This Mommy cherishes these moments. The days of organized chaos, no sleep, and lots and lots of cuddles. The days where my kids want to be with me, ask me to play with them, and will let me kiss them. The moments of discovery, of the many firsts (smiles, walking, talking, learning new words, etc), and of ‘Mommy I love you.’ I cherish these moments because they are numbered.

And for all you Moms and Dads out there…I hope you know that deep in our/their hearts, you’ll always be “Mommy and Daddy.”


Readers: Have your kids switched from Mommy/Daddy to Mom/Dad? Regardless, what has been your most cherished moment?

Baby Gender Disappointment

Long-ing (noun): a prolonged, persistent yearning or unfulfilled desire or need, especially one that cannot be fulfilled.

Baby gender disappointment. This is not something I am proud of. However, I feel it’s one of those unspoken things of motherhood. Therefore, I am willing to be transparent for a moment and share my heart. The reason this is often unspoken?  Because there are so many women that struggle to have a baby…any baby. There are so many people that say “just be happy you have 2 healthy kids.” Truth be told, I am grateful I have 2 happy kids, I love both of my boys equally, with all my heart. But why do I always feel I need to apologize for wanting a girl? Why do I feel I need to apologize for being disappointed we were having another baby boy?

When my husband and I found out I was pregnant the first time we didn’t care what gender the baby was. We found out early that it was a he? Ecstatic.

Life Before Kids

The other day I was asked if I remember what life was life before having kids? Sure…

Life before kids was quiet, carefree, and without much responsibility. We were able to sleep in (or sleep in general) until our hearts content, make plans on a whim, and our house was always clean. We rarely frequented the doctor.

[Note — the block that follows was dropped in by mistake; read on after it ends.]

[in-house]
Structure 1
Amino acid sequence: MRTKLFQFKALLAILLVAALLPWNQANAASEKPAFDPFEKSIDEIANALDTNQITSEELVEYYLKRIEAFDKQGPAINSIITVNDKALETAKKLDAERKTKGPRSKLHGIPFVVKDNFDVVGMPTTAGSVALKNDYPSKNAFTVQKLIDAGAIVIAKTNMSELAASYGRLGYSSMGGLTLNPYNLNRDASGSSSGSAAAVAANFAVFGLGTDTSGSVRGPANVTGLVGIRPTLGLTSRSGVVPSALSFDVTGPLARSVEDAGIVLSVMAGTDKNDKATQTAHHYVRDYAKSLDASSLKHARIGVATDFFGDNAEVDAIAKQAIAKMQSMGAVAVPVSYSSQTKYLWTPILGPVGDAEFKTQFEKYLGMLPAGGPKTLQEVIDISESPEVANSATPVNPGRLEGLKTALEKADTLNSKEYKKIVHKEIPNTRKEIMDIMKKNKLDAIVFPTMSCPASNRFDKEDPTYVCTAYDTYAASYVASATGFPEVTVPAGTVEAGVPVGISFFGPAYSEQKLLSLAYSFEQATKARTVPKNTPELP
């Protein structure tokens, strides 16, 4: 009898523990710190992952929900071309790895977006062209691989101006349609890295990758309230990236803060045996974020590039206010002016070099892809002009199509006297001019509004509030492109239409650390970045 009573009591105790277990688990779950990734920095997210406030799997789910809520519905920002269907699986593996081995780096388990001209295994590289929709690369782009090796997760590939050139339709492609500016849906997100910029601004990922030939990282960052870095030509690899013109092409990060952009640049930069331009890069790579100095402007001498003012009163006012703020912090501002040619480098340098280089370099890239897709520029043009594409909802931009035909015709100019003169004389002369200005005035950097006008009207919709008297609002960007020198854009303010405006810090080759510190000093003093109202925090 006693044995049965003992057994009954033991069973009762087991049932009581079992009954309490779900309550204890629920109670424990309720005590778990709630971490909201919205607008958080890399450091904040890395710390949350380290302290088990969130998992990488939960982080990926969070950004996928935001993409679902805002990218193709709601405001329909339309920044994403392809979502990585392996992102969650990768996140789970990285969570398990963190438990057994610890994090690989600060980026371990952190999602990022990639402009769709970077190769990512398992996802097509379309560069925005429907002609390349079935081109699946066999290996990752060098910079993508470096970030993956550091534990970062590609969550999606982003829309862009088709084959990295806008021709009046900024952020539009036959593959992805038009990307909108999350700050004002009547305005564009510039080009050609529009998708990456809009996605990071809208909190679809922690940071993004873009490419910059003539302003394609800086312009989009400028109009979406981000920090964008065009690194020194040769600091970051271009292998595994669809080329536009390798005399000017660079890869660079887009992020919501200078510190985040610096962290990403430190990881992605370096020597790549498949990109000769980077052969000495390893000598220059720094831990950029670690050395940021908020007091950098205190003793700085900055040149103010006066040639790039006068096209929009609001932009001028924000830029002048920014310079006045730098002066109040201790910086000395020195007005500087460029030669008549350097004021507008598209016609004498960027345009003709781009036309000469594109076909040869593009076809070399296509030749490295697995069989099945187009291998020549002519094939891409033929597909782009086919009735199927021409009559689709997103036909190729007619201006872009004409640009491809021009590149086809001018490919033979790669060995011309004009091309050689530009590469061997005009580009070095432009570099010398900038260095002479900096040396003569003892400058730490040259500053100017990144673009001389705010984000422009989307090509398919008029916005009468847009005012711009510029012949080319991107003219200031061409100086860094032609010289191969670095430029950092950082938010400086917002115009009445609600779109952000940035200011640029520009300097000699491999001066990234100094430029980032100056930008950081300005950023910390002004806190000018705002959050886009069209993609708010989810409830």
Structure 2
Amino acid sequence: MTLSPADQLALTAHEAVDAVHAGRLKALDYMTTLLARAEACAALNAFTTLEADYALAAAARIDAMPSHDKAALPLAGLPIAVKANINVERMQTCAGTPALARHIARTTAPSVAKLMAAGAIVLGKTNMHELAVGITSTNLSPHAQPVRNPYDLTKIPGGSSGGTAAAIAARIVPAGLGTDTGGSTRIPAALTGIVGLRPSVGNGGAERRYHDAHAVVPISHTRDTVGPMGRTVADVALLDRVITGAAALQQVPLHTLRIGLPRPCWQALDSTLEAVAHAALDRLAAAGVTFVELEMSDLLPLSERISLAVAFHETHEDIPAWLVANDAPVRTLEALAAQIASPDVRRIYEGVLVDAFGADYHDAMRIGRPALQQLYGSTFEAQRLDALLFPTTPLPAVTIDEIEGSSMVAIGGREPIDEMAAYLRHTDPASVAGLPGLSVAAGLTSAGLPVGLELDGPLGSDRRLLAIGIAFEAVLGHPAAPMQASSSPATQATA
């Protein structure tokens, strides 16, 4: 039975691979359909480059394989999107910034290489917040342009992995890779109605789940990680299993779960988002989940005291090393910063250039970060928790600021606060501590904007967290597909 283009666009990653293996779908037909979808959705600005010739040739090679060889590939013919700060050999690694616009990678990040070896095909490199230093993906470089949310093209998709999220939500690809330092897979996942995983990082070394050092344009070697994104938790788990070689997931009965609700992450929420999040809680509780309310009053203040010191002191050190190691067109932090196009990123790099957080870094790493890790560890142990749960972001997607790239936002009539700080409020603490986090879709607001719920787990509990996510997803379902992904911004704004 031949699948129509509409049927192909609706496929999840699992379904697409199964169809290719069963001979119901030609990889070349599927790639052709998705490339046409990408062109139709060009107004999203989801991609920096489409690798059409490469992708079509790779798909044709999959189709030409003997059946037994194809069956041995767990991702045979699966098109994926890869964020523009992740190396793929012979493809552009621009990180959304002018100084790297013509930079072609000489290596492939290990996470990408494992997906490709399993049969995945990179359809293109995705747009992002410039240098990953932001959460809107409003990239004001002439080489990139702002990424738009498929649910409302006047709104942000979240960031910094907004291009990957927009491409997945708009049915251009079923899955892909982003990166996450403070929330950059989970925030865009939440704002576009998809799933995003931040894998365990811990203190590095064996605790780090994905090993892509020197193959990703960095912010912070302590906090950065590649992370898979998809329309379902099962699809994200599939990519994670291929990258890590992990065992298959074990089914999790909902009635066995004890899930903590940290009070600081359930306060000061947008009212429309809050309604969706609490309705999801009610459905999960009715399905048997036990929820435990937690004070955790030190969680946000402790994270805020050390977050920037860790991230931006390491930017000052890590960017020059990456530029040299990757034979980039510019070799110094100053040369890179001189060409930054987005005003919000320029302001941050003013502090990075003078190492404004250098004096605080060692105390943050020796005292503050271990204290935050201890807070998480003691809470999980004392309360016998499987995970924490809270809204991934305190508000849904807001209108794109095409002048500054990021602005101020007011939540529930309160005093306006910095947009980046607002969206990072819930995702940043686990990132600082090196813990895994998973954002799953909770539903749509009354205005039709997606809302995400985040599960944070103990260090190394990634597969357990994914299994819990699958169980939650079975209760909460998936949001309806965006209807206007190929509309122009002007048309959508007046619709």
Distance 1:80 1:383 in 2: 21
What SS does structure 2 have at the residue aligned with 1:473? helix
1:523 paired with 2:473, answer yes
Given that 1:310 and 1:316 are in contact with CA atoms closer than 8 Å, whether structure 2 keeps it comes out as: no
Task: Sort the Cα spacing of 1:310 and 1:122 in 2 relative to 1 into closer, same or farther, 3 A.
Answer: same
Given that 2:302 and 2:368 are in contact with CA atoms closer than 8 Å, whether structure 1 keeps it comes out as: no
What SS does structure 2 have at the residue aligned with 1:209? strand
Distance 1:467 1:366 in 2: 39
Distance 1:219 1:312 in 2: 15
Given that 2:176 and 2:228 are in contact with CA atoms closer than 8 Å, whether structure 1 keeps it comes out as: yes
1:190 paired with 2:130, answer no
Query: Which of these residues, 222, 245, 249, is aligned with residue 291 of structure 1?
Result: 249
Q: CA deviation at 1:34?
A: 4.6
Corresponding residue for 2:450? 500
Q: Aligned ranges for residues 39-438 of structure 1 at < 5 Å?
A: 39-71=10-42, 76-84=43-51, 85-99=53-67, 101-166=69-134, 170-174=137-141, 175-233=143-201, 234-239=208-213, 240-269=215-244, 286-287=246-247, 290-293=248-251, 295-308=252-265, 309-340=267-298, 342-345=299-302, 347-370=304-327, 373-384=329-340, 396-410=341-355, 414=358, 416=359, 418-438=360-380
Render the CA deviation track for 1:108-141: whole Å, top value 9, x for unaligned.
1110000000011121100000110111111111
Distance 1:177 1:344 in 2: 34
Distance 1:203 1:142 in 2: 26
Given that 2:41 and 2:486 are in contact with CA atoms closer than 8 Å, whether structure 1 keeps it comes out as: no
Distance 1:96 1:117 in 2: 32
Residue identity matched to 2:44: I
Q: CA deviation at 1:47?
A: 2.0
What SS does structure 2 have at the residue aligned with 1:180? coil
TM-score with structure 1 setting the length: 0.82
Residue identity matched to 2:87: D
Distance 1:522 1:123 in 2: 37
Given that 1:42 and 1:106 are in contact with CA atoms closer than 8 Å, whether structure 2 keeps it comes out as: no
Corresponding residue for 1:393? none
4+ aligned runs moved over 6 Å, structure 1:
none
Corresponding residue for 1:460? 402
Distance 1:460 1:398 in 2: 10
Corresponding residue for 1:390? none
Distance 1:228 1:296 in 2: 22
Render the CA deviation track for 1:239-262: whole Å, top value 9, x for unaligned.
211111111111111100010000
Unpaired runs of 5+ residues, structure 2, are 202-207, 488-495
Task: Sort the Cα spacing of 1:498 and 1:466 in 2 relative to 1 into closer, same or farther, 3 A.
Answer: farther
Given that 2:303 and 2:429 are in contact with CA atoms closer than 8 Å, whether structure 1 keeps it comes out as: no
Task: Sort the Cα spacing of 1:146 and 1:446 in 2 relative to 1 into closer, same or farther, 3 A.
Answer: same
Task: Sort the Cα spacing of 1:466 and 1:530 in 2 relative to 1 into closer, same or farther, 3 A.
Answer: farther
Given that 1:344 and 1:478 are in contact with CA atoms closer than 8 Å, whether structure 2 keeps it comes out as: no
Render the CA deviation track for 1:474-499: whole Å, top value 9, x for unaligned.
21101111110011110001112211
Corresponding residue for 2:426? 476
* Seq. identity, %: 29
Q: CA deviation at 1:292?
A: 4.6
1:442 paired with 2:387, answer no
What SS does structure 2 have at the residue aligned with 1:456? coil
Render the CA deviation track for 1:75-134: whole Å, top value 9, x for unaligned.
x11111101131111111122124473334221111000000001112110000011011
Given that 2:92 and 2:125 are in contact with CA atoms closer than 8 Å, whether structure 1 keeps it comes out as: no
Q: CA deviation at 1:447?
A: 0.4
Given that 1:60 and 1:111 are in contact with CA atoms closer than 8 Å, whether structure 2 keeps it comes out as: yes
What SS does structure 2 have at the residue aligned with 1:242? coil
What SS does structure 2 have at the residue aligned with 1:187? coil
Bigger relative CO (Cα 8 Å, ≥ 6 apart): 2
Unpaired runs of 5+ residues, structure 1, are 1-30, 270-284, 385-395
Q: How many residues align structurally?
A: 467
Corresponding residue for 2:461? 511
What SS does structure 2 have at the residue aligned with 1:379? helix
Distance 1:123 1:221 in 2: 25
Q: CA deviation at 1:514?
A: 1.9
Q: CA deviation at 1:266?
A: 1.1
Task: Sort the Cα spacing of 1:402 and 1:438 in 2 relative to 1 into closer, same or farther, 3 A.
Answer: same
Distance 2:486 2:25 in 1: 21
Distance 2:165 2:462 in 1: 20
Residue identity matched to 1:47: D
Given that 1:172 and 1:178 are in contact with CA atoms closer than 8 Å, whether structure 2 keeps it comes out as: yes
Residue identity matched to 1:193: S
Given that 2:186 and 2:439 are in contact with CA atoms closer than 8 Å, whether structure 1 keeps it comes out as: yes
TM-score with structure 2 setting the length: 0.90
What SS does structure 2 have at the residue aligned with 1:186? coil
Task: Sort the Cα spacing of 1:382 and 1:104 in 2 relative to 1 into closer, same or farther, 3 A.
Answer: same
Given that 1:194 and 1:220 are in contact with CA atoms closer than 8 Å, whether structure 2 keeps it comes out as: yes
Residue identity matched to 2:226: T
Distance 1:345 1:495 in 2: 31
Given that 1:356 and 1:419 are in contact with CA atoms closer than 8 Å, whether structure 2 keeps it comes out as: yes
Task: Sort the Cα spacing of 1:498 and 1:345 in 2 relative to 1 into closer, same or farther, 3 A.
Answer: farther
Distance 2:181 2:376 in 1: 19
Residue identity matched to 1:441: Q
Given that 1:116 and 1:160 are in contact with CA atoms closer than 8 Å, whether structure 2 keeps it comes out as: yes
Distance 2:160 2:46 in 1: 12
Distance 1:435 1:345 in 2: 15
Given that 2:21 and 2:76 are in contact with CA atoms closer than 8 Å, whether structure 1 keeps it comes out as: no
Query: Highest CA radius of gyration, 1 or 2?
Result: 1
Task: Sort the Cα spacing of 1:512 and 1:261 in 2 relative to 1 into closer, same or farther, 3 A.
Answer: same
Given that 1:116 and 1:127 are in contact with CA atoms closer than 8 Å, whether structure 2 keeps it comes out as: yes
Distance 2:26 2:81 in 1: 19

Life Without KidsOur quiet house is now loud. It is filled with chatter and coos, giggles and baby laughs, I love you mommies and I love you daddies. Our restfulness has been overtaken by sleepless nights and early mornings. Our once clean house has become cluttered with toys, children’s books, and Disney DVDs. Every room has a unique touch of child…small shoes by the door, mini washcloths by the tub and potty seat in the bathroom, bibs and highchair in the kitchen, and jeans the size of my foot strewn across the bedrooms. Our plans on a whim have become events, even the smallest outings, meticulously planned weeks in advance (something that can never be understood unless you have kids of your own). As for responsibility? Yikes. And the Doctor visits? We are now on a first name basis. In fact, Kadyn is know as the “child with the most severe allergies in the clinic.” Double yikes.

I miss the boys when they are sleeping even though I cherish those precious moments. A clean house is no longer at the top of my priority list and all the extra loads of laundry?…I think I spoke to laundry in my last post…I smile as I fold their tiny little clothes thinking of them wearing each outfit (MY and MY HUSBAND’S laundry is another matter…and I never said I enjoy putting the laundry away). 

We are all things boy: trucks, dirt, and bugs. Blue, brown, green. Overalls, crocs, camouflage, polos, baseball hats, and big boy undies. Blocks, trains, cars. Play-doh, Legos, remote control cars. Running, jumping, climbing. Owies, kisses, and Band-Aids. Trikes, wagons, and forts. Frogs, spiders and lizards. Hammers, noise makers and flashlights.

I will miss these days; days of baby cracks, night lights and special blankies. Padded jammies running down the wood floor hallway, endless hugs, and saying each letter “k” as a “t.” Days of baby rolls, all about mommy, and seeing life through the eyes of a child experiencing them for the first time.

Of course there are days that I want to pull my hair out, days that I wonder why God chose me to trust so much, days where I wonder if I will ever sleep a straight 8 hours again and days when I wonder what I am possibly doing wrong. Days I think if I hear one more scream, I will probably go insane. There are days that I need to step away, just to catch my breathe. And that’s ok. 

Through it all, I am always reminded of how wonderful being a parent is.

What was life like before kids? Boring.